Place barley in a pot and cover with water by 2 inches. Stir once then place over high heat. Bring to a boil then reduce to a simmer. Cook, stirring occasionally, until barley is completely tender, about 20 minutes. Drain and transfer cooked barley to a clean kitchen towel or a triple layer of heavy-duty paper towels. Roll towels tightly and press to remove excess moisture. Transfer barley to a large bowl.
Add half of garbanzo beans to the bowl of a food processor along with flour, baking powder, soy sauce, Marmite and half of eggplant (reserve remaining eggplant for another use). Process until a smooth paste forms, scraping down sides as necessary. Transfer mixture to bowl with barley. Pulse remaining chickpeas in food processor and pulse until beans are chopped to about the size of a lentil (5 to 6 short bursts), scraping down sides as necessary. Transfer to bowl with barley mixture. Chop cashews or pinenuts (if using) in the food processor the same way and add to barley mix.
When mushrooms are cool, add to bowl of food processor and pulse until finely chopped but still coarse in texture, about 8 to 10 short pulses. Add to barley mix. When leeks and celery are cool, transfer to food processor. Chop with 8 to 10 short pulses and add to barley mix.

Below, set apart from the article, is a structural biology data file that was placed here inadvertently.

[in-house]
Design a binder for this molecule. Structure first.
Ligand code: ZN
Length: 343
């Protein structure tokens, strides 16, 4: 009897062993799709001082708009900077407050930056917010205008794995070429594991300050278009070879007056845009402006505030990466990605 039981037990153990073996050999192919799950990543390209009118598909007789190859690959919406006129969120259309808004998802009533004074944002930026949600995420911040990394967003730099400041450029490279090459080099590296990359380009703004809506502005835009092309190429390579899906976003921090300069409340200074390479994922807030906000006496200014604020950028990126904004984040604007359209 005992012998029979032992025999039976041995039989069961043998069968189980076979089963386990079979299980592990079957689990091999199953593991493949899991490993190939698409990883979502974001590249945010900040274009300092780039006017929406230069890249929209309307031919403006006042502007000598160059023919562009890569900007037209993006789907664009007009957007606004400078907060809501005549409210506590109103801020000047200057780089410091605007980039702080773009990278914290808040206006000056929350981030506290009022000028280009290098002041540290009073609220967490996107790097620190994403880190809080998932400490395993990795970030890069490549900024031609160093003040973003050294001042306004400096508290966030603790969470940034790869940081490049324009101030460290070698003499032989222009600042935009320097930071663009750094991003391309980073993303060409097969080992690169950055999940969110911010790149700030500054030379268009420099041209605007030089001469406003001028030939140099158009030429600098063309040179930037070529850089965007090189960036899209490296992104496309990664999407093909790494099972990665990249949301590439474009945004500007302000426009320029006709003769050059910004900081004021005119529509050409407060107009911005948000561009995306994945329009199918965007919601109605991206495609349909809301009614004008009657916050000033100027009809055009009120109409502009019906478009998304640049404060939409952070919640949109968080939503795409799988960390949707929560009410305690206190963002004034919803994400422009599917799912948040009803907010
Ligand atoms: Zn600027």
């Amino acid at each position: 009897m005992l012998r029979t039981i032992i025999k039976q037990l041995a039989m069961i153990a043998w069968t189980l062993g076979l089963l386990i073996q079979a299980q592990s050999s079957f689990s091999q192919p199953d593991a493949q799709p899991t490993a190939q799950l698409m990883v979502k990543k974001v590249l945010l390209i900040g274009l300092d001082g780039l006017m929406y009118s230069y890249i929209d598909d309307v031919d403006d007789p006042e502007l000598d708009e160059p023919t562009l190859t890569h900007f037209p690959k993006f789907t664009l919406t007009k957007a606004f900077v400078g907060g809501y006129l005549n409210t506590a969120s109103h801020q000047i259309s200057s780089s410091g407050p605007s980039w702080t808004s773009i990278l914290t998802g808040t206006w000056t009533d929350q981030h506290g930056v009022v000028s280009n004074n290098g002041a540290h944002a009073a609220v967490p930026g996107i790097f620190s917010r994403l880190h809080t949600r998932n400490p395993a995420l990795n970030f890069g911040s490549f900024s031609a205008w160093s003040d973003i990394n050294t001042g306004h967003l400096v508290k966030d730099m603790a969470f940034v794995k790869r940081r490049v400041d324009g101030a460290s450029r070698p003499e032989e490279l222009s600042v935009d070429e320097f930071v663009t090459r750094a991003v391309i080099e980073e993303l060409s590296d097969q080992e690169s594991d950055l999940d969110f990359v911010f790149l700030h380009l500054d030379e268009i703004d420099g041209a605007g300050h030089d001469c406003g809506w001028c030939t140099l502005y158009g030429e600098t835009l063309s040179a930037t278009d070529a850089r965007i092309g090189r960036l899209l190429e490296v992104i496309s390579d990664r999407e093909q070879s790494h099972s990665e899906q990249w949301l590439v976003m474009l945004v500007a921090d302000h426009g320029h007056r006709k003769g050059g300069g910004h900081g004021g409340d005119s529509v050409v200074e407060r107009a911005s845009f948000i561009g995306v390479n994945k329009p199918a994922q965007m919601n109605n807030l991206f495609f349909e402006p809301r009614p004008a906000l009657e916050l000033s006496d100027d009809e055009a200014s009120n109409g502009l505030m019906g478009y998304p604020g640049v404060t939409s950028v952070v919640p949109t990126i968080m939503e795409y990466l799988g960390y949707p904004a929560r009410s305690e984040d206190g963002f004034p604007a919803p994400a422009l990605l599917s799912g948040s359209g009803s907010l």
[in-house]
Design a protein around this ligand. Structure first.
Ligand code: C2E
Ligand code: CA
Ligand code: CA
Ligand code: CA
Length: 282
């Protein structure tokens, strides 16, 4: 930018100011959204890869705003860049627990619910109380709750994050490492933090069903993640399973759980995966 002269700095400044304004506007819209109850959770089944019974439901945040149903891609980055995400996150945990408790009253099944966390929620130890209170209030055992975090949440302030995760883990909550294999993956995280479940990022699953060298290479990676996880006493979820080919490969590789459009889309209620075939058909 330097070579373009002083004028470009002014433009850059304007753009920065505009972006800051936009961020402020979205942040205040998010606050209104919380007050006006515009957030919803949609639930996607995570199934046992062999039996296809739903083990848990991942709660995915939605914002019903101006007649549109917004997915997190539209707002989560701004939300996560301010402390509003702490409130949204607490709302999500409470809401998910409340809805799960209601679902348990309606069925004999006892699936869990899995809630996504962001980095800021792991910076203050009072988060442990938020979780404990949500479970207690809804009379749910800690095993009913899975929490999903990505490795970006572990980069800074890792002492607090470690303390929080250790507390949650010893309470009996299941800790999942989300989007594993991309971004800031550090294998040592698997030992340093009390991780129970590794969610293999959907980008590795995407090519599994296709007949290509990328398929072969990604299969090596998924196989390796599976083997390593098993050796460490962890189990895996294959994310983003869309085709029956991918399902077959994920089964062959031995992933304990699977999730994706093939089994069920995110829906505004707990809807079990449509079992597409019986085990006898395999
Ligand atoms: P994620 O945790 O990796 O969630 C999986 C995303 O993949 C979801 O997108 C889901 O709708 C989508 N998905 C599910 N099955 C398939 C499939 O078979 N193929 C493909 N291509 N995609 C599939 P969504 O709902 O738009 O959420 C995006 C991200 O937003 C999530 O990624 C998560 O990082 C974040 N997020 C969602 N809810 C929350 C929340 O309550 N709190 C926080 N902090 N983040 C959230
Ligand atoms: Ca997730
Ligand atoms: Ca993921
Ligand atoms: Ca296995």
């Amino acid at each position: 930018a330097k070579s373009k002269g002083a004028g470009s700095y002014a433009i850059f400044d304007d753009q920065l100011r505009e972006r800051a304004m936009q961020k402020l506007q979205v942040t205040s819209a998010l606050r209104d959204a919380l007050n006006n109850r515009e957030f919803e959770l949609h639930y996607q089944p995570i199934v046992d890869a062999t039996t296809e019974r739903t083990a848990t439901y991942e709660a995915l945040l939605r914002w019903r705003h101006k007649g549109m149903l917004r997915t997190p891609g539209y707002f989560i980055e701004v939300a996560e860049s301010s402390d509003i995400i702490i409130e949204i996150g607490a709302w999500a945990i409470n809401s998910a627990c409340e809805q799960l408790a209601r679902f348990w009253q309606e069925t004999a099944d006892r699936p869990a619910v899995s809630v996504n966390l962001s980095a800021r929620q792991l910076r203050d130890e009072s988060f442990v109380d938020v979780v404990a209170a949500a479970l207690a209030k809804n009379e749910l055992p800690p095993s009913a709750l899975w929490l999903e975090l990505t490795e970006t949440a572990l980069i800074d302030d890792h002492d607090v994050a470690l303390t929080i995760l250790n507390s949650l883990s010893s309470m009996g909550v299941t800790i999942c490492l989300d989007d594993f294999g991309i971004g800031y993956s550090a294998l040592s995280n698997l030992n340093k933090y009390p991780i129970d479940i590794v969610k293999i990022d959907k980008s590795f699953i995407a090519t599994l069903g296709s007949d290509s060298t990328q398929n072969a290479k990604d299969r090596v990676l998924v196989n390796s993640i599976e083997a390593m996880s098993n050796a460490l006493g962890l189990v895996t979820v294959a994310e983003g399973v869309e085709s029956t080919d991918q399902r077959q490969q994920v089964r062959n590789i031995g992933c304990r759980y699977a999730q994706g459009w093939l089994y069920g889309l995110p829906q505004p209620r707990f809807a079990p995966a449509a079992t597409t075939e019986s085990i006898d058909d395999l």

Using bare hands or a spatula, stir together mixture until completely homogenous. Season to taste with salt and pepper. Mixture can be refrigerated and stored for up to 5 days at this point or frozen in an airtight freezer bag for up to 3 months.
When Ready To Serve: Add breadcrumbs to mixture and work them in with your hands. Make a sample patty. It should have the texture of ground beef and hold together easily. If not, add water a tablespoon at a time until it comes together. Divide mixture into eight patties about 4-inches across and 1/2 an inch thick. Patties must be cooked within 30 minutes of adding breadcrumbs (see note above).
To Finish on a Griddle or in a Skillet: Heat three tablespoons of vegetable oil in a large skillet over medium heat until shimmering. Add four patties and cook without moving until first side is well-browned, about 3 minutes. I like to press a disk of sliced onion into the top side while it cooks. Flip burgers and top with cheese (if desired) and cook until second side is browned and cheese is melted, about 3 minutes longer. Transfer to a toasted bun and serve with condiments as desired.
To Finish on the Grill: Preheat a gas or charcoal grill with a medium-high fire. Rub the grill grates with an oil-soaked paper towel and add the burgers. Cook without moving until well-browned, about four minutes. Flip burgers, top with cheese if desired, and cook on second side until well browned, about 4 minutes longer. Transfer to toasted bun and serve.